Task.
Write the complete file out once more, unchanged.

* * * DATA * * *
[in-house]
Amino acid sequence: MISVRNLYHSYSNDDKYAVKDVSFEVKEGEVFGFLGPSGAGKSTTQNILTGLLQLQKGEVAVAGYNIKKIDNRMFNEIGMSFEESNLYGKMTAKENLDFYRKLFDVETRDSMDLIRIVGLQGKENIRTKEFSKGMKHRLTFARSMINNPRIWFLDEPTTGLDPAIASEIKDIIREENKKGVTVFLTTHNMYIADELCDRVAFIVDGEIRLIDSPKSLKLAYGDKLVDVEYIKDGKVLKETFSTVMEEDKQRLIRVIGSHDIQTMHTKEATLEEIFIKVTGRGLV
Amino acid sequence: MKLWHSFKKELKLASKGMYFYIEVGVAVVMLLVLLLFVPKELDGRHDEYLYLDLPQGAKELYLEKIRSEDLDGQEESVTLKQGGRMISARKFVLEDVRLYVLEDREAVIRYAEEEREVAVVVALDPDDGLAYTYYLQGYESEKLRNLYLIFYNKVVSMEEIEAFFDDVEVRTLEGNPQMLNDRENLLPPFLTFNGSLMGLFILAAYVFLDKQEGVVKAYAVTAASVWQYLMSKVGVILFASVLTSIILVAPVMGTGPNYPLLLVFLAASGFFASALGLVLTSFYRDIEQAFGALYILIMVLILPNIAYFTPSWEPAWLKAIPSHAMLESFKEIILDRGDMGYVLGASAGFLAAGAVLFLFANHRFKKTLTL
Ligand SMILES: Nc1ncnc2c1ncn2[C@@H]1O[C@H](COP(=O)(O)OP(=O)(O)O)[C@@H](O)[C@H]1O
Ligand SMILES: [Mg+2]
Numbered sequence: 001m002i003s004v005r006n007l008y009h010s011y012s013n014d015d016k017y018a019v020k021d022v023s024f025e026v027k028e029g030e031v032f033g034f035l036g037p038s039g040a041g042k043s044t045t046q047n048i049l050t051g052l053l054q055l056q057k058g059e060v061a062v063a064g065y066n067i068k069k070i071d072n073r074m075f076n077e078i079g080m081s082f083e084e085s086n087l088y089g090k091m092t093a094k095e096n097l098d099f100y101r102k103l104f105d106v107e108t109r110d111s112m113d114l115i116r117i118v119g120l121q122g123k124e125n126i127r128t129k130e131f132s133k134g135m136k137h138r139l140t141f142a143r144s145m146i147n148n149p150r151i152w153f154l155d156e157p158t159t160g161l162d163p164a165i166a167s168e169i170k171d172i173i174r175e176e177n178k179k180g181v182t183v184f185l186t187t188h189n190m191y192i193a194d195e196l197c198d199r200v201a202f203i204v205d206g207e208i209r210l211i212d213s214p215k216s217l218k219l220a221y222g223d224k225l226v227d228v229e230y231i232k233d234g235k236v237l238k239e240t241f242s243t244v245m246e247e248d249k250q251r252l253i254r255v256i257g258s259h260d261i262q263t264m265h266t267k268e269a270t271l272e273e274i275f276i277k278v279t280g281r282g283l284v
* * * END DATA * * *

[in-house]
Amino acid sequence: MISVRNLYHSYSNDDKYAVKDVSFEVKEGEVFGFLGPSGAGKSTTQNILTGLLQLQKGEVAVAGYNIKKIDNRMFNEIGMSFEESNLYGKMTAKENLDFYRKLFDVETRDSMDLIRIVGLQGKENIRTKEFSKGMKHRLTFARSMINNPRIWFLDEPTTGLDPAIASEIKDIIREENKKGVTVFLTTHNMYIADELCDRVAFIVDGEIRLIDSPKSLKLAYGDKLVDVEYIKDGKVLKETFSTVMEEDKQRLIRVIGSHDIQTMHTKEATLEEIFIKVTGRGLV
Amino acid sequence: MKLWHSFKKELKLASKGMYFYIEVGVAVVMLLVLLLFVPKELDGRHDEYLYLDLPQGAKELYLEKIRSEDLDGQEESVTLKQGGRMISARKFVLEDVRLYVLEDREAVIRYAEEEREVAVVVALDPDDGLAYTYYLQGYESEKLRNLYLIFYNKVVSMEEIEAFFDDVEVRTLEGNPQMLNDRENLLPPFLTFNGSLMGLFILAAYVFLDKQEGVVKAYAVTAASVWQYLMSKVGVILFASVLTSIILVAPVMGTGPNYPLLLVFLAASGFFASALGLVLTSFYRDIEQAFGALYILIMVLILPNIAYFTPSWEPAWLKAIPSHAMLESFKEIILDRGDMGYVLGASAGFLAAGAVLFLFANHRFKKTLTL
Ligand SMILES: Nc1ncnc2c1ncn2[C@@H]1O[C@H](COP(=O)(O)OP(=O)(O)O)[C@@H](O)[C@H]1O
Ligand SMILES: [Mg+2]
Numbered sequence: 001m002i003s004v005r006n007l008y009h010s011y012s013n014d015d016k017y018a019v020k021d022v023s024f025e026v027k028e029g030e031v032f033g034f035l036g037p038s039g040a041g042k043s044t045t046q047n048i049l050t051g052l053l054q055l056q057k058g059e060v061a062v063a064g065y066n067i068k069k070i071d072n073r074m075f076n077e078i079g080m081s082f083e084e085s086n087l088y089g090k091m092t093a094k095e096n097l098d099f100y101r102k103l104f105d106v107e108t109r110d111s112m113d114l115i116r117i118v119g120l121q122g123k124e125n126i127r128t129k130e131f132s133k134g135m136k137h138r139l140t141f142a143r144s145m146i147n148n149p150r151i152w153f154l155d156e157p158t159t160g161l162d163p164a165i166a167s168e169i170k171d172i173i174r175e176e177n178k179k180g181v182t183v184f185l186t187t188h189n190m191y192i193a194d195e196l197c198d199r200v201a202f203i204v205d206g207e208i209r210l211i212d213s214p215k216s217l218k219l220a221y222g223d224k225l226v227d228v229e230y231i232k233d234g235k236v237l238k239e240t241f242s243t244v245m246e247e248d249k250q251r252l253i254r255v256i257g258s259h260d261i262q263t264m265h266t267k268e269a270t271l272e273e274i275f276i277k278v279t280g281r282g283l284v